As we get closer and closer to the end of the year, expect to hear a lot about Todd Haynes’ Carol on this site. It’s is a masterpiece, and as of now my favorite film of the year. Set in 1950s New York, Carol is a breathtaking story two women who fall in love with each other, and the ramifications that follow. One is the glamorous looking Carol Aird (Cate Blanchett), decked in fur, her skin practically radiant. The other is the plainer, younger Therese Belivet (Rooney Mara), who works in the toy department. Carol and Therese soon strike up a conversation, but before they’ve even uttered a word, director Todd Haynes has masterfully conveyed the sense of growing love and romantic tension soon to come. In Carol, we already know that Carol and Therese will fall in love — it’s etched into the film’s DNA at the outset, and the opening scene begins in medias res, with Carol and Therese sitting together in a crowded restaurant. What Haynes is conveying with this film is not whether or not these two women will fall in love, bur rather how they will fall in love.
Every element of Carol comes together to create a work of rare beauty and grace, from the performances of Cate Blanchett and Rooney Mara, to the cinematography and overall aesthetic of the film itself. And then there is the emotional and elegant score by Carter Burwell. Burwell has scored over 80 films, including pretty much every Coen Brothers film, most notably Fargo, Blood Simple, Miller’s Crossing, Barton Fink, and my personal favorite Coen-Burwell soundtrack, The Hudsucker Proxy. Burwell constructs three different themes for the score, which flows along with the narrative structure of the film itself.”There is no widely accepted explanation for the importance of music to humans, but one possibility is its ability to express and relieve emotional tensions that can’t be put into words,” explains Burwell in press materials for the soundtrack. “In Carol, two women are romantically attracted to each other but the culture of 1950’s America hasn’t provided them with a language for this. Expressing these inexpressible feelings is one of the roles of the score in this film.” Burwell goes on to elaborate about the three main themes in his score: “The music over the opening [scene] plays the active engagement and passion of Carol and Therèse. [I]t’s telling you something about the characters before you ever see them, since they appear for the first time around the last note, but eventually this will become their love theme. There is also a theme for Therèse’s fascination with Carol. This is basically a cloud of piano notes, not unlike the clouded glass through which Todd Haynes and Ed Lachman occasionally shoot the characters. This piano texture required a little studio magic so the left and right hands of the piano could be processed separately – the left disappearing into a cloud and the right still distinct enough to carry a melody. The third theme is about absence and loss…It’s the best example of the use of open intervals such as the fourth, fifth and ninth, to veil sentiment. The hearts of both women are broken, but rather than play the pain the music plays the emptiness.”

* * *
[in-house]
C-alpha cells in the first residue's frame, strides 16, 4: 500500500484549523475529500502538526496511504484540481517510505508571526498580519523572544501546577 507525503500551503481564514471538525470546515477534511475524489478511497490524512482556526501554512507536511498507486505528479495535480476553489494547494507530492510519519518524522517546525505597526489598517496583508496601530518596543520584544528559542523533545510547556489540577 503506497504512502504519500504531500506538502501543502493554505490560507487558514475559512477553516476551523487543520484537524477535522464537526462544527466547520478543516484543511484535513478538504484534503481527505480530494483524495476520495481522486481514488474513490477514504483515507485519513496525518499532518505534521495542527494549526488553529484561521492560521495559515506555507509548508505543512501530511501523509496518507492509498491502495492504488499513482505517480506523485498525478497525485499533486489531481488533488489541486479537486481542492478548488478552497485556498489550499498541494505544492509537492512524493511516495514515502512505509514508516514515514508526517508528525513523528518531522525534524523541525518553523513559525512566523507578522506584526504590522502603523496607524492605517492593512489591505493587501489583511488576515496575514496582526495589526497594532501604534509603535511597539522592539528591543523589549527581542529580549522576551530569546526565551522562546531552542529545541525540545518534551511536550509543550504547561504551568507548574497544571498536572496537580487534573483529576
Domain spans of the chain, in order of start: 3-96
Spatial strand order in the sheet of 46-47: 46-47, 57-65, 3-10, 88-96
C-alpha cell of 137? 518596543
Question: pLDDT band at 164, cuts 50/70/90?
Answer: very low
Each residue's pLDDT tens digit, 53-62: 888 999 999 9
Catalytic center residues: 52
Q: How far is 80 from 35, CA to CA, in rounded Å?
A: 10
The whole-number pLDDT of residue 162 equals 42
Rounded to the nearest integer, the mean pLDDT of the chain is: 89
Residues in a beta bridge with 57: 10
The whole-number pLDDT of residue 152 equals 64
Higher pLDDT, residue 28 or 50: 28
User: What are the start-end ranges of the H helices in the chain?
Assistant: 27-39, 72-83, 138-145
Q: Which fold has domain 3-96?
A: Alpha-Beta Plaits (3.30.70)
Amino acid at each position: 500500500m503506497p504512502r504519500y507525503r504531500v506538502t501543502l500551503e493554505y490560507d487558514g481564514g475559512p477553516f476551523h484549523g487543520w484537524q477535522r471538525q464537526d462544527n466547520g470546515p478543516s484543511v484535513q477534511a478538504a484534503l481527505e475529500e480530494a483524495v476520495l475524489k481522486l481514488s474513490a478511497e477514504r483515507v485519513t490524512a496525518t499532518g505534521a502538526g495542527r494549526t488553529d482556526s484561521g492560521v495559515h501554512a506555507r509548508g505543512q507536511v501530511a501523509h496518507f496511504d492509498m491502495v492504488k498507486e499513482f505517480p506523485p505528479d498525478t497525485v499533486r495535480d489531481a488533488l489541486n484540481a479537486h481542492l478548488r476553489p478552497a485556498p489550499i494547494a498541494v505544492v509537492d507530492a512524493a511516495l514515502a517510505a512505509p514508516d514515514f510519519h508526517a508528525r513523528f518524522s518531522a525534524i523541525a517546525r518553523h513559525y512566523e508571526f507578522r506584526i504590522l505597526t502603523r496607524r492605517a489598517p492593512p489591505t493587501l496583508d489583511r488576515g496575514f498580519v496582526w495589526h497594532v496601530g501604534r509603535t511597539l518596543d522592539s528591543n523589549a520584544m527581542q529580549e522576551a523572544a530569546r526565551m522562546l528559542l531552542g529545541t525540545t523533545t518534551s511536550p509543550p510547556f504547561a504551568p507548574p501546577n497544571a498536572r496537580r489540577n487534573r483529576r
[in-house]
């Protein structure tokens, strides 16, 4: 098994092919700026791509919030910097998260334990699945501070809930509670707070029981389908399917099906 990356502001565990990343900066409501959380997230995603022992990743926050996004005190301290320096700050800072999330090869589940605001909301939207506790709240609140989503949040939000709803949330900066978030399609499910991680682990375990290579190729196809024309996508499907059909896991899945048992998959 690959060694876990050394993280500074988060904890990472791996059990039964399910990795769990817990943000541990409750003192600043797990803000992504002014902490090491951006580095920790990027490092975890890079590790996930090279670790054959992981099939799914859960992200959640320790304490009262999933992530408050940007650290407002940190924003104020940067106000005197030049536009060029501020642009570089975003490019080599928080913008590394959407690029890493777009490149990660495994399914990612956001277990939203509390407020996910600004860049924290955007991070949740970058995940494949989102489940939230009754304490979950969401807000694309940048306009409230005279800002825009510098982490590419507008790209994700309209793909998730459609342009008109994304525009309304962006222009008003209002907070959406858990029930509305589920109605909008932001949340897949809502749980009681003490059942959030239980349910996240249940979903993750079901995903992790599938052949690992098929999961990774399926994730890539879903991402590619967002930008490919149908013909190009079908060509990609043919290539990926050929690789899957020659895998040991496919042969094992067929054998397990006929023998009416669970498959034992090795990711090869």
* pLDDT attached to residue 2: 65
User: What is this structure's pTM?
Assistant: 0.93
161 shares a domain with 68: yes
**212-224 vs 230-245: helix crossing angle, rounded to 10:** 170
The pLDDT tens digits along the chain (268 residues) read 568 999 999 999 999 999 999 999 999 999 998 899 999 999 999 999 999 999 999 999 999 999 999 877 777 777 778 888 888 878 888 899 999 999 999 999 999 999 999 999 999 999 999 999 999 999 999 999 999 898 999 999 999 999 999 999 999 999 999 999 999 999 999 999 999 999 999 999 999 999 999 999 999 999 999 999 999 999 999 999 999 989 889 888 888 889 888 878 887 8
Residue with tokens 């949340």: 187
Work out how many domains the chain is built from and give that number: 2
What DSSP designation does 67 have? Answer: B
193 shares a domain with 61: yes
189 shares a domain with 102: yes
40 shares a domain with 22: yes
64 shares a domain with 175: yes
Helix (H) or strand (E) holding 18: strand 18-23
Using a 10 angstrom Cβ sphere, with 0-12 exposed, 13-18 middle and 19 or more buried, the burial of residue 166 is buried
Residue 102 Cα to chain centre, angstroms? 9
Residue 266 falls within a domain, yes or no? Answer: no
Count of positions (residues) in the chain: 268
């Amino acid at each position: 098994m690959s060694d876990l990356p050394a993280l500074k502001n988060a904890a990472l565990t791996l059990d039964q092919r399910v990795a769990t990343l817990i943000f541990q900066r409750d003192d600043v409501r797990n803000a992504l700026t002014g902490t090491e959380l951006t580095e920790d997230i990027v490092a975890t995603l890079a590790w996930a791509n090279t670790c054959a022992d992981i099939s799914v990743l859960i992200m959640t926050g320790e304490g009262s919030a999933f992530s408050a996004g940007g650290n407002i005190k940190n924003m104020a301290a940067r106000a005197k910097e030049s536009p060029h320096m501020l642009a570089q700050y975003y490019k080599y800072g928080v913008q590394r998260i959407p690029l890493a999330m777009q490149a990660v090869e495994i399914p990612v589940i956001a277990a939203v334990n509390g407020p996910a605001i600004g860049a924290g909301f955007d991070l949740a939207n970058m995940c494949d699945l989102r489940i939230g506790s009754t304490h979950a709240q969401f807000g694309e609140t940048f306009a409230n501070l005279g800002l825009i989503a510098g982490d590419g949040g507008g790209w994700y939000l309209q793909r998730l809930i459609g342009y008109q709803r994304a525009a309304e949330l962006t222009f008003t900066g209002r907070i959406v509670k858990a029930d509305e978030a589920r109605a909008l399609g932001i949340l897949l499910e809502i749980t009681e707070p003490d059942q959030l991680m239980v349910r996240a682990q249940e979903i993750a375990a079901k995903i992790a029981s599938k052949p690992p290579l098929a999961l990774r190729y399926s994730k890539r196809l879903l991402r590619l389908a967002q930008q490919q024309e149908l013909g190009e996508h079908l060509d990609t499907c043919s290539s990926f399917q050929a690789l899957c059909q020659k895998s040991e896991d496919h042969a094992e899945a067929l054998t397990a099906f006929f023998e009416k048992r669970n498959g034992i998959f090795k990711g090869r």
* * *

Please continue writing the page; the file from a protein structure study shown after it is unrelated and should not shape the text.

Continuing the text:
Tracks like “Opening”, “To Carol’s” (which employs the cloud of piano notes Burwell mentioned), “Lovers” and “The End” are the most stirring, but the entire score as a whole is a masterfully blended session of strings, oboes and delicate piano notes that work both in the context of the film and on their own. There are also several tracks of period music, including songs by Billie Holiday with Teddy Wilson, Less Paul & Mary Ford, Jo Stafford, The Clovers and more. Carol opens in theaters everywhere November 20. The Carol – Original Motion Picture Soundtrack, released by label Varèse Sarabande, will be available digitally and on CD November 20, 2015. Seek it out.
You can also listen to the soundtrack on YouTube below.